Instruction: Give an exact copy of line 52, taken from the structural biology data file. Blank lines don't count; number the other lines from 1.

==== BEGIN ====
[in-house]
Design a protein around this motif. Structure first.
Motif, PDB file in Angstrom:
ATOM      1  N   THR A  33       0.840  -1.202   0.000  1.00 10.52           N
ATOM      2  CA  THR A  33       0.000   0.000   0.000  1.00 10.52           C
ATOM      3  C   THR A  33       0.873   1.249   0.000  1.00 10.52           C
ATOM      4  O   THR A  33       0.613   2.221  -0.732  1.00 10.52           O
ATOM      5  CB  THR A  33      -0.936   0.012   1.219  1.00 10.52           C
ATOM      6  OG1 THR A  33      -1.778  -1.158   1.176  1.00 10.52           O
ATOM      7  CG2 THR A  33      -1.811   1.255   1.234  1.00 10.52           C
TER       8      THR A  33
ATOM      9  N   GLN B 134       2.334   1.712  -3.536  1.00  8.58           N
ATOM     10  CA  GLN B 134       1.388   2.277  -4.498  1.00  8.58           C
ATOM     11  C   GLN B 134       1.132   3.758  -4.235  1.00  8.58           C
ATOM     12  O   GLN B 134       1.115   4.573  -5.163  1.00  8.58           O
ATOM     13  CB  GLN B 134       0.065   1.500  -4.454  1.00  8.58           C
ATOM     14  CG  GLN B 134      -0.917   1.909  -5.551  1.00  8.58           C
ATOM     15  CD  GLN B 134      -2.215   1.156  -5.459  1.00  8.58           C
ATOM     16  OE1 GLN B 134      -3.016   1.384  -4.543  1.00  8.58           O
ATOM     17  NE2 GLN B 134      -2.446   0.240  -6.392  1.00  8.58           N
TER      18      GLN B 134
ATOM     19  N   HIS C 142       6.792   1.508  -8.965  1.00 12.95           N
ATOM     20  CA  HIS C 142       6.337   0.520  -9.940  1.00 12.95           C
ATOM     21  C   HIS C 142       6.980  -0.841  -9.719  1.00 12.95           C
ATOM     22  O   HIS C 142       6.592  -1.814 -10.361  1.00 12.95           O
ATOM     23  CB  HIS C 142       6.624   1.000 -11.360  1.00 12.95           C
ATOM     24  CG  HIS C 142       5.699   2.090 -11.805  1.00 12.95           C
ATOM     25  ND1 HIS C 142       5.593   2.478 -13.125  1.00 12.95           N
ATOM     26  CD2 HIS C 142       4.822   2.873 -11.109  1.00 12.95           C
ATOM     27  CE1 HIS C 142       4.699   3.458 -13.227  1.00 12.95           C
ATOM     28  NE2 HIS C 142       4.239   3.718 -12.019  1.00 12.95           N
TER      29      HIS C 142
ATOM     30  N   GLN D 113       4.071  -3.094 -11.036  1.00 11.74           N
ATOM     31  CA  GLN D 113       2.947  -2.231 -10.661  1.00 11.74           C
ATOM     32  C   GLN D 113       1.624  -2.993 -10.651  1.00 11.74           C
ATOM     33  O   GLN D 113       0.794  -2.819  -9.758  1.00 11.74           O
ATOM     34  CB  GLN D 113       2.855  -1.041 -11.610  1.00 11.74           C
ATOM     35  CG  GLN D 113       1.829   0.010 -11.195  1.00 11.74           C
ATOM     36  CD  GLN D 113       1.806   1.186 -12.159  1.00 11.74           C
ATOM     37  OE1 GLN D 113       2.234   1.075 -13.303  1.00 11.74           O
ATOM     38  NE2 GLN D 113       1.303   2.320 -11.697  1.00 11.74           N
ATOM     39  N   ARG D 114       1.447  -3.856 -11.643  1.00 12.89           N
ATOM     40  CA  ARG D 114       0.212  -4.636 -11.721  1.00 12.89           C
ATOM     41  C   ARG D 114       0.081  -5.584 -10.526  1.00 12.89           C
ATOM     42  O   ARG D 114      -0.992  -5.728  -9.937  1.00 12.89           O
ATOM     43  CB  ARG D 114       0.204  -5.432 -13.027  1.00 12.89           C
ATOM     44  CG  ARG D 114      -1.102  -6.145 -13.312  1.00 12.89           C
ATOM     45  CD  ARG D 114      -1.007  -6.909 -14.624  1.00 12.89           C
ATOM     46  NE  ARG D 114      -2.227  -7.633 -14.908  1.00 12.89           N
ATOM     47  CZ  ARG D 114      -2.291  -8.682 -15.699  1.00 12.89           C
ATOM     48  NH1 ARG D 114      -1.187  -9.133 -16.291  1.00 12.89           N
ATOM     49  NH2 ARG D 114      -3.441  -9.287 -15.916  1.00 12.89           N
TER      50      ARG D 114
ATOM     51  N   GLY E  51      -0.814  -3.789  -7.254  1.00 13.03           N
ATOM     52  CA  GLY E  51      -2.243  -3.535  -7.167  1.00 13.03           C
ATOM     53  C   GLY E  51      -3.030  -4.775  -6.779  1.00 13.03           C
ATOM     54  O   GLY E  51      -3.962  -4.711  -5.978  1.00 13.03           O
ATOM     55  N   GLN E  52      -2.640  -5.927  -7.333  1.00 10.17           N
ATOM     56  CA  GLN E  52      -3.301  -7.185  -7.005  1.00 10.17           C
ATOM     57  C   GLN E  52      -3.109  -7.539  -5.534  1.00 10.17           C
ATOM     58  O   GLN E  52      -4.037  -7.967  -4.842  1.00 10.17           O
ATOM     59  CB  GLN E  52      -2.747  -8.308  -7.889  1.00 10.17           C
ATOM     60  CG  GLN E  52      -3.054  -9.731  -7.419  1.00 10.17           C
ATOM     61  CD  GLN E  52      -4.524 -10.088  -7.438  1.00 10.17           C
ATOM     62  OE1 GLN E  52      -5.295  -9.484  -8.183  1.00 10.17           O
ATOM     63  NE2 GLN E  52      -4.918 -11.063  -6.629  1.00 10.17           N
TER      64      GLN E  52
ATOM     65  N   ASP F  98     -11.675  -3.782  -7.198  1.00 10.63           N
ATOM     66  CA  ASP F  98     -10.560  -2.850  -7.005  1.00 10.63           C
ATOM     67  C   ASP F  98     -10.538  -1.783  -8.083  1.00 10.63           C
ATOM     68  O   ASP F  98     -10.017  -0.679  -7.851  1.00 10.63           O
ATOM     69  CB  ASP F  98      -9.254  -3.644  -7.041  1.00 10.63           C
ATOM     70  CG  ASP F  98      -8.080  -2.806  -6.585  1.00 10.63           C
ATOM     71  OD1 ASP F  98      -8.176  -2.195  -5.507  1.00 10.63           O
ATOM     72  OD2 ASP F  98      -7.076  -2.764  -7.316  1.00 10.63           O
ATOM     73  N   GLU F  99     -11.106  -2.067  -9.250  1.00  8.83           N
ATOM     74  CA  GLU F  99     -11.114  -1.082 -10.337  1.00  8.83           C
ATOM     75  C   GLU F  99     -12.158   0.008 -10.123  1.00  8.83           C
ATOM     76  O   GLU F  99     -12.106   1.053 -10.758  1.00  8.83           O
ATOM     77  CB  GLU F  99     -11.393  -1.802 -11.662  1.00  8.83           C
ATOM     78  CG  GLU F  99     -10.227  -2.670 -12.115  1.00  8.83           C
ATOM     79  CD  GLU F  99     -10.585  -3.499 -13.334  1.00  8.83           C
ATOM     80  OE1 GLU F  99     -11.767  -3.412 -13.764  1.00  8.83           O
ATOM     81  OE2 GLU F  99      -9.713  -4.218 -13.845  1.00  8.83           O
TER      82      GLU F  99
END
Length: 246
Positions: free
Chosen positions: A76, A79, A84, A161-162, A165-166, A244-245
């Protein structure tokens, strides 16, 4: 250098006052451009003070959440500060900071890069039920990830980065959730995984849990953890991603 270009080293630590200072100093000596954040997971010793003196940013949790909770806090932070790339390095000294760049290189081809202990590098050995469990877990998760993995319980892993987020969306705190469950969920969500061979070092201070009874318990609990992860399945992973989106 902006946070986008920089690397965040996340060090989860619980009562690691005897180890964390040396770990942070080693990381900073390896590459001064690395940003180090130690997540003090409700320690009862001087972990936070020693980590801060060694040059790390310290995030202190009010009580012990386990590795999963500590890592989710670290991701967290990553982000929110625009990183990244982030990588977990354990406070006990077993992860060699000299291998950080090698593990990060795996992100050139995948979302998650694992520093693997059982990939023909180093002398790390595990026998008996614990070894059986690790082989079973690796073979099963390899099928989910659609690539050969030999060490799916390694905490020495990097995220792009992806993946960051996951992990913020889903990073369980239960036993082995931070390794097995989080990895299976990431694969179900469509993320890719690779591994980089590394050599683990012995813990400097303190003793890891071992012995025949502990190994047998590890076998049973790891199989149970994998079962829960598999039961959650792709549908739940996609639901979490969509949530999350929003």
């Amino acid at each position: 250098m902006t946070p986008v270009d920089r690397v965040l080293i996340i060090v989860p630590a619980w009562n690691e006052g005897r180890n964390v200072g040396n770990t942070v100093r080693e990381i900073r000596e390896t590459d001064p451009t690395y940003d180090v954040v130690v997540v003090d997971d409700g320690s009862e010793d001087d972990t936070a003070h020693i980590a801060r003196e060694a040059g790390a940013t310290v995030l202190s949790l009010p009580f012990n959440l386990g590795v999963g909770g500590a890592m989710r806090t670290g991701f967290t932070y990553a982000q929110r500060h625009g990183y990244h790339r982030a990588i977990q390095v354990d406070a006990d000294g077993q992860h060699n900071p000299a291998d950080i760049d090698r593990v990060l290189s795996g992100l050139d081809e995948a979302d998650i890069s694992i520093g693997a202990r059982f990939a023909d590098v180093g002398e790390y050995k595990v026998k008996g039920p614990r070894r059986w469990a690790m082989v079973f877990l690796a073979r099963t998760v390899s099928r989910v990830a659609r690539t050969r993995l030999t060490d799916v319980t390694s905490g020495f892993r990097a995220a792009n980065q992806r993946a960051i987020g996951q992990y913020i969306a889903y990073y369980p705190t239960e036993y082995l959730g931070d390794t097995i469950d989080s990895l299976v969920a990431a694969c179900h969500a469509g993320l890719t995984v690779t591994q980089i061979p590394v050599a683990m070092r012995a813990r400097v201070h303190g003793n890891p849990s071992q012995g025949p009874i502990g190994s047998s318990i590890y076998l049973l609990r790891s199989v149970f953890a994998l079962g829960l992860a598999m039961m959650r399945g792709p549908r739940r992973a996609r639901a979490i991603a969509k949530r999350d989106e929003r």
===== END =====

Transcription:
ATOM     49  NH2 ARG D 114      -3.441  -9.287 -15.916  1.00 12.89           N